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Anne
Anne, Master Tax Preparer
Category: Tax
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Experience:  Enrolled Agent with 25 Years Experience specializing Individual and Small Businesses
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A friend bought a house in October 2004 and lived in it until

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A friend bought a house in October 2004 and lived in it until August 2010 when she moved to another city. She rented starting August 1, 2010. For the next 25 months and rented it to several tenants and managed the property (although she did have a managing agent for some of the time). On her tax returns for 2010 and 2011 she deducted straight-line depreciation on the house. On form 8582 (Passive Activity Loss Limitations) she declared her rental loss as a rental real estate activity with active participation so that the loss offset current income. The loss for both years flows through to line 17 of form 1040 from Schedule E. In July 2012 she sold the house (and land) for a significant loss.
Questions: (1) Is the house a section 1231 (business) asset which would allow her to deduct $3,000 of the loss against ordinary income each year (going 2-years back or 20 years in the future)? (2) In 2012 she retired and had some investment income along with social security, but no wages. The loss on the rental in2012 was greater than her income. She has elected not to carry the NOL back. Is her schedule E loss added to her NOL from the sales of the house and carried forward?
In your answer please reference specific IRC sections.
Hi

Thank you for using jutanswer. You're on the right track, but you seem to have capital losses and business losses slightly confused.

Since your friend changed the property from her personal residence to business property, the sale of the home will in fact be reported on Form 4797 as 1231 business loss. HOWEVER, since this is a business loss, she is NOT restricted to just $3000 in loss. She will report the loss in full in the year she sold the property. Please see below:

Instructions for Form 4797

 

26 USC § 172 - Net operating loss deduction | Title 26 - Internal ..

 

Since she is reporting the loss on the sale of a rental home (which is now business property) on Form 4797, Sales of Business Property, then the loss on the sale of the rental property is added to the Schedule E. The same IRS Code 172 covers this also.

 

One note: if your friend is now retired, and her income will be less now than it was in the past, she might want to re-consider waiving the 2 year carry back time, since it may give her a better benefit to carry it back while she was working as opposed to carrying it forward when her income will be less.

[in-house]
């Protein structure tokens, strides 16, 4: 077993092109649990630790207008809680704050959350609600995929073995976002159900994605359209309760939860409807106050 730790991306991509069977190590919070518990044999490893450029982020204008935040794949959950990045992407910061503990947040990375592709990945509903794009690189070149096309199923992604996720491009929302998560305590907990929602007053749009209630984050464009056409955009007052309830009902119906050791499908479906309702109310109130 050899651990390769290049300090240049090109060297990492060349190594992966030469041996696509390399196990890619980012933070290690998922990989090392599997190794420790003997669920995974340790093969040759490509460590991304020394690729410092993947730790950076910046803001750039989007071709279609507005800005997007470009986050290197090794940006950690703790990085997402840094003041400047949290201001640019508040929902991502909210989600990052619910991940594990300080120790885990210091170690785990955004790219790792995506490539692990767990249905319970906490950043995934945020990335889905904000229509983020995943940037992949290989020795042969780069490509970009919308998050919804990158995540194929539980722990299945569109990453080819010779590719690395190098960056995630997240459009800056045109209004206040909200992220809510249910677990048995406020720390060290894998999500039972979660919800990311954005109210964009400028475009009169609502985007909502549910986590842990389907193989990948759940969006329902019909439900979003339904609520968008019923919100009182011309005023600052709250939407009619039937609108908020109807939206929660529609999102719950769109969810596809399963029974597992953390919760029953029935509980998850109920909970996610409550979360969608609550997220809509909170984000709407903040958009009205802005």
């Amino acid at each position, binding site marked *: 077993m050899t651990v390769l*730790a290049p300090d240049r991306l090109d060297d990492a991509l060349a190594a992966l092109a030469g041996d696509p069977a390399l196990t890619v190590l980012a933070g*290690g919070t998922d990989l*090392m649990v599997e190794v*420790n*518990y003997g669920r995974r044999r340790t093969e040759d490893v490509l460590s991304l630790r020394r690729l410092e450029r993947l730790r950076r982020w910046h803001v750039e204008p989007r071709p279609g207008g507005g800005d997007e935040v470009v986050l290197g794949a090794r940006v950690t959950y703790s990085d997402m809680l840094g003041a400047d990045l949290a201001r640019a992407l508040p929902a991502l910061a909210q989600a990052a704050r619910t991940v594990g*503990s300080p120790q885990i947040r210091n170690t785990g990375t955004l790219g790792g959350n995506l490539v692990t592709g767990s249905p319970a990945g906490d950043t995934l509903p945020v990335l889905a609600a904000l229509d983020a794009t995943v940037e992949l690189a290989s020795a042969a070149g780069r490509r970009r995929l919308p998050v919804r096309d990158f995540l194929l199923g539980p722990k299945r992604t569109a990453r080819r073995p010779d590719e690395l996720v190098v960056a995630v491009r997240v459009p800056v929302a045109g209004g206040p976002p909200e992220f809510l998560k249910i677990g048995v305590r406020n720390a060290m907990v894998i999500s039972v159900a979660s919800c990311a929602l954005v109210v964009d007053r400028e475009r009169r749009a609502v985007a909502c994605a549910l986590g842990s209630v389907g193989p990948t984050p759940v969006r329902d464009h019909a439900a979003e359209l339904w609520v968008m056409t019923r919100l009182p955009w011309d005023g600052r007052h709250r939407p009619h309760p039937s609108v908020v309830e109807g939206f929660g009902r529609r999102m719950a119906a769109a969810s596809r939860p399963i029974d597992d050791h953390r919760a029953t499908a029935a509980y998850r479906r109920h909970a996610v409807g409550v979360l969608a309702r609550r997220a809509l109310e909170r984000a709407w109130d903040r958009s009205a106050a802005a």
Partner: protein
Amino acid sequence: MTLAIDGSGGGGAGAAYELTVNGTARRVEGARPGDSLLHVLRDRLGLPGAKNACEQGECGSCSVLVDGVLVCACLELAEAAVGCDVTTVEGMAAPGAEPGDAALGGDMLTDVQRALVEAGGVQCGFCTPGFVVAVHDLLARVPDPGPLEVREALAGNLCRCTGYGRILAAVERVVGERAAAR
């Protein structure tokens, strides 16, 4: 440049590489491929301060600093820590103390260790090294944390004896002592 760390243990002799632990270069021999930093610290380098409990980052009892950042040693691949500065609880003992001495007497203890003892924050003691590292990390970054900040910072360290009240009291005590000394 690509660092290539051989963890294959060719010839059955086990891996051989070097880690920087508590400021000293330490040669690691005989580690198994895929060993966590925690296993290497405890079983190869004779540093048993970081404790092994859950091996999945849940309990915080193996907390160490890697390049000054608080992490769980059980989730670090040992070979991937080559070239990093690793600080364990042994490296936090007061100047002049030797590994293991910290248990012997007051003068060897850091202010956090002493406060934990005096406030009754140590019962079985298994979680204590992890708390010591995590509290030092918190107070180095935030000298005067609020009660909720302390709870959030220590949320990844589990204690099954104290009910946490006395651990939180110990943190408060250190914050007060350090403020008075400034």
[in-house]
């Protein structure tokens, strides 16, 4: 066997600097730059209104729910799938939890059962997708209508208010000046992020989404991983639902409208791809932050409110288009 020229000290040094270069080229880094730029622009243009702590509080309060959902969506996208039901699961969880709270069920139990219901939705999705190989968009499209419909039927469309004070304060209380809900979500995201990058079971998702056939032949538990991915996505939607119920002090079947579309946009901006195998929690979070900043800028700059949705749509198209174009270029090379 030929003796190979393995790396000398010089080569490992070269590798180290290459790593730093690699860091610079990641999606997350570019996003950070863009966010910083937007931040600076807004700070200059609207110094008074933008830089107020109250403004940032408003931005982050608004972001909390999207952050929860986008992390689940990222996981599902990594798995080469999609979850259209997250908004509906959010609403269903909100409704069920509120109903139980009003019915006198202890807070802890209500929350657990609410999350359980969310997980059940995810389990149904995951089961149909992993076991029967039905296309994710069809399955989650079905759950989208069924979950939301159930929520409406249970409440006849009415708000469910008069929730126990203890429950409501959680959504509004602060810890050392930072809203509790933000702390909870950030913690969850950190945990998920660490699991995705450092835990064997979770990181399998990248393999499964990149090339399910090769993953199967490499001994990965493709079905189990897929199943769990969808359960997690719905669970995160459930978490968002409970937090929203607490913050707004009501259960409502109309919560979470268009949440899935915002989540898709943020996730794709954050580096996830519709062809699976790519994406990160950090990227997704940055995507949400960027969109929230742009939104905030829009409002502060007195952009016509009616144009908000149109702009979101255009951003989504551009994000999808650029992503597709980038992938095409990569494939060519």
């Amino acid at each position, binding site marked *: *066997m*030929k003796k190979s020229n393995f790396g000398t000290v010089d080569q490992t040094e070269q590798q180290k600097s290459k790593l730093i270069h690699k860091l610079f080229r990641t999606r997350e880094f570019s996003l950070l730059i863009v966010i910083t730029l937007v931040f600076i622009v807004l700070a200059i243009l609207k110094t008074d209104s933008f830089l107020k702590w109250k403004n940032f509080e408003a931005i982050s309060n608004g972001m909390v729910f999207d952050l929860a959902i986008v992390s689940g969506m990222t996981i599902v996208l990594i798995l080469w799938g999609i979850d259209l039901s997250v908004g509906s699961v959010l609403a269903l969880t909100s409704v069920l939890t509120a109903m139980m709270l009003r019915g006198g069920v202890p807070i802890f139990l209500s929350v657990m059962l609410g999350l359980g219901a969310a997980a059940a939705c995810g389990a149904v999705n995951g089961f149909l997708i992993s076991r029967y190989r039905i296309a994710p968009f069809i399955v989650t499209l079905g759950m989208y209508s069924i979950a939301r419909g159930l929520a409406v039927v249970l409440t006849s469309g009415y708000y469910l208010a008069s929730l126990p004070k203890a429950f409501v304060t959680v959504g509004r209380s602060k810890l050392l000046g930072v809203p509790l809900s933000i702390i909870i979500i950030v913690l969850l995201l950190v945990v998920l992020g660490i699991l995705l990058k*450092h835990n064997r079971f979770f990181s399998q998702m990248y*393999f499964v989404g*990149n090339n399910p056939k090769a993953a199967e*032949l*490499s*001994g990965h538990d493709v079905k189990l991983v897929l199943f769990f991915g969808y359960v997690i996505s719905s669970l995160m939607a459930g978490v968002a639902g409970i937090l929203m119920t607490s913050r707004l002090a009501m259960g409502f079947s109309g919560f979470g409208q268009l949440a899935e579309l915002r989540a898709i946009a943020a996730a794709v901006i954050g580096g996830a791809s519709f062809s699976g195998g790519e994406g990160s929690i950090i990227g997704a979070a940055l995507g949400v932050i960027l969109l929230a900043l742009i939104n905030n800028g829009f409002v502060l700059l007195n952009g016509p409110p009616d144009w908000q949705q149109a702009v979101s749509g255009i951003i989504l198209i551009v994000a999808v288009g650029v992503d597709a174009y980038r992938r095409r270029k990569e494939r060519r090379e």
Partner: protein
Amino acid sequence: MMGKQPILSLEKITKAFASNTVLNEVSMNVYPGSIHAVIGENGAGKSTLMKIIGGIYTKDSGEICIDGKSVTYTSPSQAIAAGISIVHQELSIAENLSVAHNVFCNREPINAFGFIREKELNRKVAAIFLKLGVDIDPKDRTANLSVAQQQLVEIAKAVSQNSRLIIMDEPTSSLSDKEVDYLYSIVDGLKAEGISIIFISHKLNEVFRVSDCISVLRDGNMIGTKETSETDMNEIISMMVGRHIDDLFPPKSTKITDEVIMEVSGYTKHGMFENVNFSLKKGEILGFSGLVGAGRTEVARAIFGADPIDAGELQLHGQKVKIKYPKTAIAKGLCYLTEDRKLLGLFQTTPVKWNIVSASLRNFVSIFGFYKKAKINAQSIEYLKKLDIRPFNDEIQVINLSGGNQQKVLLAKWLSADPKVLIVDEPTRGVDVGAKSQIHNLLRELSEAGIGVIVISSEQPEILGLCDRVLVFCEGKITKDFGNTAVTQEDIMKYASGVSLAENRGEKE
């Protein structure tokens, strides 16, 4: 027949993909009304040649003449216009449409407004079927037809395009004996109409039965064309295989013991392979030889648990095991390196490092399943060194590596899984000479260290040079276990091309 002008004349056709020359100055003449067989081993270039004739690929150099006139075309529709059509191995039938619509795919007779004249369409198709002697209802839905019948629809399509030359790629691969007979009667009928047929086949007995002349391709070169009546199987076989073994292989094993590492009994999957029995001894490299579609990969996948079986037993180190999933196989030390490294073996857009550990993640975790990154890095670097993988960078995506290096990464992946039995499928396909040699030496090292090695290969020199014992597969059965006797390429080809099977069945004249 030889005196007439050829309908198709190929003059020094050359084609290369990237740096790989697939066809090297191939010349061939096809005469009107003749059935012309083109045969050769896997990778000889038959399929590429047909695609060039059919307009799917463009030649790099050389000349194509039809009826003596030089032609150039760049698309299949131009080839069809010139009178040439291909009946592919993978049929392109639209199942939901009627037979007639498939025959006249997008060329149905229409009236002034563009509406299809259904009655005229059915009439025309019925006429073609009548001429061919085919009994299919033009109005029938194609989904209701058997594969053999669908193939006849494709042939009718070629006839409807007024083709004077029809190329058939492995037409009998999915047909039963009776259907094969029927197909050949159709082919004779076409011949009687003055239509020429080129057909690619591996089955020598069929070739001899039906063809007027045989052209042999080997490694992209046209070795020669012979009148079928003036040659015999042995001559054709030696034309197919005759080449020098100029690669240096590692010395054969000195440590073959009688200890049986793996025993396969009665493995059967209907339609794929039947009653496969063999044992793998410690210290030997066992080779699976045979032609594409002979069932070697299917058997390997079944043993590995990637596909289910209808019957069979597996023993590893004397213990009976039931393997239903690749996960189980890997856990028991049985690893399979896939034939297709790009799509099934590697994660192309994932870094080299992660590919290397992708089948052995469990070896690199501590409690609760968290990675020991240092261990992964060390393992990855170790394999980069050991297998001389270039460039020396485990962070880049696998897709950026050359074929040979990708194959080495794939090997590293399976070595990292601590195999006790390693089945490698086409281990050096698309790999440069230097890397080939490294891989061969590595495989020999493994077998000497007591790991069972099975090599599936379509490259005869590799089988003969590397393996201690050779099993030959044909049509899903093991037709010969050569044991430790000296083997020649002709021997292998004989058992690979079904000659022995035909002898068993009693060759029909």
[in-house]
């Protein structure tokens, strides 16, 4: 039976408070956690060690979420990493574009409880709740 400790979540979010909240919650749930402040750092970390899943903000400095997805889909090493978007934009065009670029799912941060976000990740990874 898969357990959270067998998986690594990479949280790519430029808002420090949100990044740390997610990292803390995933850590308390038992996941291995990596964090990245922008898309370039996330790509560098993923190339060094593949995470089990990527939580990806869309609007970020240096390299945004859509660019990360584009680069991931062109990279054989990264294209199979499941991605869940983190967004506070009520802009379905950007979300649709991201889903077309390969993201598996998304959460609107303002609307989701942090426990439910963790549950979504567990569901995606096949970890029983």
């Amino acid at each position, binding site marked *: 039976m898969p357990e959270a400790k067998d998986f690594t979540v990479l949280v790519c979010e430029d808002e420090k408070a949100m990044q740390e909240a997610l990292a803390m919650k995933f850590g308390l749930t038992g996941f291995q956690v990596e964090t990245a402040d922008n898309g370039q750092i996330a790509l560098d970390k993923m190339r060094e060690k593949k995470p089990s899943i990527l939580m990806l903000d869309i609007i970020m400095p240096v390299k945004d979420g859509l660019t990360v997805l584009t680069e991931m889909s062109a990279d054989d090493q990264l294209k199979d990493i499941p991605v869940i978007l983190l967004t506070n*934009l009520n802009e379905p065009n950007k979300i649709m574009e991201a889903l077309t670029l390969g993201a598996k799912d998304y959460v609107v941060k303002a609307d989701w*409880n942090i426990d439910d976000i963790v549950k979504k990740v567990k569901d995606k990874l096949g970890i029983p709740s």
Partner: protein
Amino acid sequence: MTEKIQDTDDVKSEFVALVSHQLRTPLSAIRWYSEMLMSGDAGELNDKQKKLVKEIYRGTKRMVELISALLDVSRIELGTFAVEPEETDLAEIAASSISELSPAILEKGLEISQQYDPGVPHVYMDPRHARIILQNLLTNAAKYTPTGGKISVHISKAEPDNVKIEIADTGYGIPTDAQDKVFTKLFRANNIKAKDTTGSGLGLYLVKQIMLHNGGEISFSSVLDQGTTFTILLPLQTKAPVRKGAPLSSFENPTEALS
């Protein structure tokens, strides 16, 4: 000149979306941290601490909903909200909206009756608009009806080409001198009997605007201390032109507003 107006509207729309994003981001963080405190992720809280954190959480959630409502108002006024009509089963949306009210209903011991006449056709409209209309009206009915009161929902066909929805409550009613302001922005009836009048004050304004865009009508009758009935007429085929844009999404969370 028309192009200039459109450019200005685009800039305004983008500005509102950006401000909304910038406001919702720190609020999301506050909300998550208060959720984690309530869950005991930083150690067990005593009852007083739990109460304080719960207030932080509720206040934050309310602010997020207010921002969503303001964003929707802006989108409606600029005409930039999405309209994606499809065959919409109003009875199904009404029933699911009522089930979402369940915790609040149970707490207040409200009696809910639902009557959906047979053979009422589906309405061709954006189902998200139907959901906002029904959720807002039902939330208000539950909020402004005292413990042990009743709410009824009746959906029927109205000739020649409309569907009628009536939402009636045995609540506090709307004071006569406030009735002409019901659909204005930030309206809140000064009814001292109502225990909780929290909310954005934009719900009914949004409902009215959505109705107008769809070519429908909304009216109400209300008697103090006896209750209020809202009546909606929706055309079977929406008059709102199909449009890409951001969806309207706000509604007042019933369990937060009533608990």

I truly hope this information is helpful but please do not rate until you are satisfied. If you want to click on 1 or 2 just click on the continue to work with me button instead. You will then be able to add any other info or respond to what I have posted so far. Rating 3-5 gives me credit and a good rating but you can still converse with me.

 

 

 


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Customer: replied 3 years ago.


Anne, what my friend wants to do is to use the NOL to cover a conversion of her SEP-IRA to a Roth-IRA, all of which is taxable to her. (She can then take out withdrawals from her Roth-IRA as she wants them and is not required to withdraw a certain amount based on her longevity. Roth-IRA withdrawals are not taxable to her. Also, her Roth beneficiaries, her children, do not have to pay taxes on what they inherit after she dies.) The NOL is slightly greater than her IRA balance currently. What should she do to evaluate if carryingback is better than carryingforward. How many years can she carry back? --Thanks, XXXXX XXXXX your insights. - Diana

Hi Donna

 

Thank you for that additional information. Now that I am aware of your friend wanting to put her previous tax deferred income into a Roth, then carrying the NOL forward makes more sense and I agree that carrying the NOL loss forward is a good decision for her

 

Again, I truly hope this information is helpful but please do not rate until you are satisfied. If you want to click on 1 or 2 just click on the continue to work with me button instead. You will then be able to add any other info or respond to what I have posted so far. Rating 3-5 gives me credit and a good rating but you can still converse with me.

 

Customer: replied 3 years ago.

Thanks! I appreciate your thoughtful replies! Is there a way I can request you as a tax expert for future questions?

Absolutely! Just put in your question line "For Annelew".

It has been a pleasure working with you, and I look forward to working with you again.

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